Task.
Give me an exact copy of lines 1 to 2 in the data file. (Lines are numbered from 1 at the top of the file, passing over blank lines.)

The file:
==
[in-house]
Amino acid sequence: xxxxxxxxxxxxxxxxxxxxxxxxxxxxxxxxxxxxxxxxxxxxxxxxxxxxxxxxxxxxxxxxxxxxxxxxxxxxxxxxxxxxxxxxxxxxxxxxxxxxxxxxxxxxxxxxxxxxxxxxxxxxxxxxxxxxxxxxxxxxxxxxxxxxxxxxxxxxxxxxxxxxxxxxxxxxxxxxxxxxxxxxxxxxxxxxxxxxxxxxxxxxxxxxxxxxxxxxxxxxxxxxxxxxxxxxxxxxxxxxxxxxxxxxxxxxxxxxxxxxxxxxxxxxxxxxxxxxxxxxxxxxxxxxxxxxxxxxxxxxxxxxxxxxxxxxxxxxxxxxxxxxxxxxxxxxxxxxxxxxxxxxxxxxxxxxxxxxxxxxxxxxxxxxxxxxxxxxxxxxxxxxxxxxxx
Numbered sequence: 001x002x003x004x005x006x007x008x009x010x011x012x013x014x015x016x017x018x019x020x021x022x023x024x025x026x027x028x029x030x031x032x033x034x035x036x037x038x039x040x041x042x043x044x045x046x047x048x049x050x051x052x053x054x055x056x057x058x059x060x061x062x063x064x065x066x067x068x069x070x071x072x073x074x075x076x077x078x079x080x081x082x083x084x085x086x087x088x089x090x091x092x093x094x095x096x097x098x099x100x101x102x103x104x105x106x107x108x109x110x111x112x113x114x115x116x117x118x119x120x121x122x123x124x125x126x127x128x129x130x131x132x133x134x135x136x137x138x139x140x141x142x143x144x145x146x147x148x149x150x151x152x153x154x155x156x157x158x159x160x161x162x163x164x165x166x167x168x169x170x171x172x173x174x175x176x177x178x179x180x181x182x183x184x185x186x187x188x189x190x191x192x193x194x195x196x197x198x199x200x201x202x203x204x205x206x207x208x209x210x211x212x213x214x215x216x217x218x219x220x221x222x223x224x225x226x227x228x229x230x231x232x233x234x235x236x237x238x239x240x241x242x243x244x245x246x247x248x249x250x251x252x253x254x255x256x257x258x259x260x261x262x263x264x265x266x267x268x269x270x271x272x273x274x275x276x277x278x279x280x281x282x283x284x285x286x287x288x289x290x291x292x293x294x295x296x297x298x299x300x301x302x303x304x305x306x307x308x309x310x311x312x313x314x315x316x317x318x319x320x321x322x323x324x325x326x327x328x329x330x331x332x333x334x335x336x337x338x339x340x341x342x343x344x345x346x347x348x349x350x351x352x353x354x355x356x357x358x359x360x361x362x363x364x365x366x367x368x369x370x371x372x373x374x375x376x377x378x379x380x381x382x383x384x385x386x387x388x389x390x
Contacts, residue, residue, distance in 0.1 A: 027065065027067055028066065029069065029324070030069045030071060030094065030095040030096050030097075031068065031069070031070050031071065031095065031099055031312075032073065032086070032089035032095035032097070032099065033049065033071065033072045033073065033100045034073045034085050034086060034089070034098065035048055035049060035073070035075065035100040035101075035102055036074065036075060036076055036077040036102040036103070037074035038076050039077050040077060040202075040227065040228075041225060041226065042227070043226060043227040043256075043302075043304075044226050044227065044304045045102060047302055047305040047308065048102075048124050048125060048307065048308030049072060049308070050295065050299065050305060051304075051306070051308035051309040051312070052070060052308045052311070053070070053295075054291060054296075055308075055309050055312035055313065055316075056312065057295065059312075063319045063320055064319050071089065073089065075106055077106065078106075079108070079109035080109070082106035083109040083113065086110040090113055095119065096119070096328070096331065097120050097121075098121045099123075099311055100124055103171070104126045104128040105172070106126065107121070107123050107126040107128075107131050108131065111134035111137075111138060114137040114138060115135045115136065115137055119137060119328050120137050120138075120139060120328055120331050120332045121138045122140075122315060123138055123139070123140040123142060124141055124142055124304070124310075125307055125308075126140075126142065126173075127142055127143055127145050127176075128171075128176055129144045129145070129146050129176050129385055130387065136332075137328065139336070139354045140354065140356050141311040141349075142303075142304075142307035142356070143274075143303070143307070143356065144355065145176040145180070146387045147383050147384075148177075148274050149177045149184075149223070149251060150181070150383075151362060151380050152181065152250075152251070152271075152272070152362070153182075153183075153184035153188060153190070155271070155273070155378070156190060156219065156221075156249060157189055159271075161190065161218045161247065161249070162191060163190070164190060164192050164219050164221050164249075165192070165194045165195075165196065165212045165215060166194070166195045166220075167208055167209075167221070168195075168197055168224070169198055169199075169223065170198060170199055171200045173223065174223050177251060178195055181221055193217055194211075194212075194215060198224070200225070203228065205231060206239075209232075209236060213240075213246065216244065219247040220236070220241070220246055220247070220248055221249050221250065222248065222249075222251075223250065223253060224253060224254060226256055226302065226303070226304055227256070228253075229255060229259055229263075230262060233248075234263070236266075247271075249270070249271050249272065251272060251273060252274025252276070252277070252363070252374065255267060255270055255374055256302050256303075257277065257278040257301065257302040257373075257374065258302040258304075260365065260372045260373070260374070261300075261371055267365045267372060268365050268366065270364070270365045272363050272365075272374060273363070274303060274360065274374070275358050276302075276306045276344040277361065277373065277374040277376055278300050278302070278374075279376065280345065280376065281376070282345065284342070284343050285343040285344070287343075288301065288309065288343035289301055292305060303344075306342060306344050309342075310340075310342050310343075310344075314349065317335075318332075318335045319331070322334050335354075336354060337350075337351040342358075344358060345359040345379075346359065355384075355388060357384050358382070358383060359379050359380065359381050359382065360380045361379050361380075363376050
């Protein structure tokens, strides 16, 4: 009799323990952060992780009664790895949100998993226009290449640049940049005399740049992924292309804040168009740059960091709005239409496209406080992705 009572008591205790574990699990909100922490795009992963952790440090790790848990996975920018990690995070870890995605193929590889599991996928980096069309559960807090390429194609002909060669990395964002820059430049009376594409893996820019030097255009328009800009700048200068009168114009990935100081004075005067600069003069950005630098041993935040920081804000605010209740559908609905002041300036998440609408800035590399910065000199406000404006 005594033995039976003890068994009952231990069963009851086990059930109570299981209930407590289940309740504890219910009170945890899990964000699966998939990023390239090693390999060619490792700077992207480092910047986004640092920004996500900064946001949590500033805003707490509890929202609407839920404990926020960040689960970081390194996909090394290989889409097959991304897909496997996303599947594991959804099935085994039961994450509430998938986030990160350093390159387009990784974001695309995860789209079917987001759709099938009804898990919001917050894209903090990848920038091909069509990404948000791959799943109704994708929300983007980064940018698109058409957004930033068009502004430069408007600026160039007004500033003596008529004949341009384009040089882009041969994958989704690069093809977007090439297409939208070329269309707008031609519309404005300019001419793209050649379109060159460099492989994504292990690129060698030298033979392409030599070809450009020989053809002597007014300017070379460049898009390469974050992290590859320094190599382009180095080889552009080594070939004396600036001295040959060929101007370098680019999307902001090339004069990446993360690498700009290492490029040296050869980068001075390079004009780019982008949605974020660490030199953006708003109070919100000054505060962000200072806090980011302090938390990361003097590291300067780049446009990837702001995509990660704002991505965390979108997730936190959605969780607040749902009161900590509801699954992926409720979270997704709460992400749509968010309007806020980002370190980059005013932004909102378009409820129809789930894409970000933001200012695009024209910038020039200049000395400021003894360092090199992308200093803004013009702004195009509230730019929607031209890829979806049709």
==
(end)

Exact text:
[in-house]
Amino acid sequence: xxxxxxxxxxxxxxxxxxxxxxxxxxxxxxxxxxxxxxxxxxxxxxxxxxxxxxxxxxxxxxxxxxxxxxxxxxxxxxxxxxxxxxxxxxxxxxxxxxxxxxxxxxxxxxxxxxxxxxxxxxxxxxxxxxxxxxxxxxxxxxxxxxxxxxxxxxxxxxxxxxxxxxxxxxxxxxxxxxxxxxxxxxxxxxxxxxxxxxxxxxxxxxxxxxxxxxxxxxxxxxxxxxxxxxxxxxxxxxxxxxxxxxxxxxxxxxxxxxxxxxxxxxxxxxxxxxxxxxxxxxxxxxxxxxxxxxxxxxxxxxxxxxxxxxxxxxxxxxxxxxxxxxxxxxxxxxxxxxxxxxxxxxxxxxxxxxxxxxxxxxxxxxxxxxxxxxxxxxxxxxxxxxxxxx